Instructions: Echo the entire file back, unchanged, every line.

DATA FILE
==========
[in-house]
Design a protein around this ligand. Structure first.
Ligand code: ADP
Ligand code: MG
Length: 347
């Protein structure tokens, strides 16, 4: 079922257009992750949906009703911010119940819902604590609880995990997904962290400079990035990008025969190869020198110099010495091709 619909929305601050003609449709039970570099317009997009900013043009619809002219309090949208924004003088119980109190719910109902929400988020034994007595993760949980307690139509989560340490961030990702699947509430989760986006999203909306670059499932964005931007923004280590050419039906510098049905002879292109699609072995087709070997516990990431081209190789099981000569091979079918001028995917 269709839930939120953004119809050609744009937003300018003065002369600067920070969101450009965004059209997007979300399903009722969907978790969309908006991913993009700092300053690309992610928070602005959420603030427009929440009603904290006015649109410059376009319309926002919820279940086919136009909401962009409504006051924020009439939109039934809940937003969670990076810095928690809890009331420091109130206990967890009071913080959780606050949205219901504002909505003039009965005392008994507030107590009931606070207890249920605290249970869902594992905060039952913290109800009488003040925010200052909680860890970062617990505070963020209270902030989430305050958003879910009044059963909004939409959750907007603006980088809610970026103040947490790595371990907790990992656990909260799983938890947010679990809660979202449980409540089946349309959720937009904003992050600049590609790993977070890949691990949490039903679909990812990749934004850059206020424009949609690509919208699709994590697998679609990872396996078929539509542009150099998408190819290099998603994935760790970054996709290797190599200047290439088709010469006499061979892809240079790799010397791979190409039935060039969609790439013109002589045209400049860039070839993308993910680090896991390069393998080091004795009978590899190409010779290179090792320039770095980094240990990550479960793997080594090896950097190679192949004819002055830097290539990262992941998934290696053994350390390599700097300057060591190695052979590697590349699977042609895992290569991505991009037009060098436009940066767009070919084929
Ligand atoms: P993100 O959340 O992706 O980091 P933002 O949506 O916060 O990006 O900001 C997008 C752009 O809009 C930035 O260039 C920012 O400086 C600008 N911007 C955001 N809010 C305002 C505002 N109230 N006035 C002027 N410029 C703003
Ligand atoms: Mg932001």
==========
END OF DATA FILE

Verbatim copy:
[in-house]
Design a protein around this ligand. Structure first.
Ligand code: ADP
Ligand code: MG
Length: 347
């Protein structure tokens, strides 16, 4: 079922257009992750949906009703911010119940819902604590609880995990997904962290400079990035990008025969190869020198110099010495091709 619909929305601050003609449709039970570099317009997009900013043009619809002219309090949208924004003088119980109190719910109902929400988020034994007595993760949980307690139509989560340490961030990702699947509430989760986006999203909306670059499932964005931007923004280590050419039906510098049905002879292109699609072995087709070997516990990431081209190789099981000569091979079918001028995917 269709839930939120953004119809050609744009937003300018003065002369600067920070969101450009965004059209997007979300399903009722969907978790969309908006991913993009700092300053690309992610928070602005959420603030427009929440009603904290006015649109410059376009319309926002919820279940086919136009909401962009409504006051924020009439939109039934809940937003969670990076810095928690809890009331420091109130206990967890009071913080959780606050949205219901504002909505003039009965005392008994507030107590009931606070207890249920605290249970869902594992905060039952913290109800009488003040925010200052909680860890970062617990505070963020209270902030989430305050958003879910009044059963909004939409959750907007603006980088809610970026103040947490790595371990907790990992656990909260799983938890947010679990809660979202449980409540089946349309959720937009904003992050600049590609790993977070890949691990949490039903679909990812990749934004850059206020424009949609690509919208699709994590697998679609990872396996078929539509542009150099998408190819290099998603994935760790970054996709290797190599200047290439088709010469006499061979892809240079790799010397791979190409039935060039969609790439013109002589045209400049860039070839993308993910680090896991390069393998080091004795009978590899190409010779290179090792320039770095980094240990990550479960793997080594090896950097190679192949004819002055830097290539990262992941998934290696053994350390390599700097300057060591190695052979590697590349699977042609895992290569991505991009037009060098436009940066767009070919084929
Ligand atoms: P993100 O959340 O992706 O980091 P933002 O949506 O916060 O990006 O900001 C997008 C752009 O809009 C930035 O260039 C920012 O400086 C600008 N911007 C955001 N809010 C305002 C505002 N109230 N006035 C002027 N410029 C703003
Ligand atoms: Mg932001």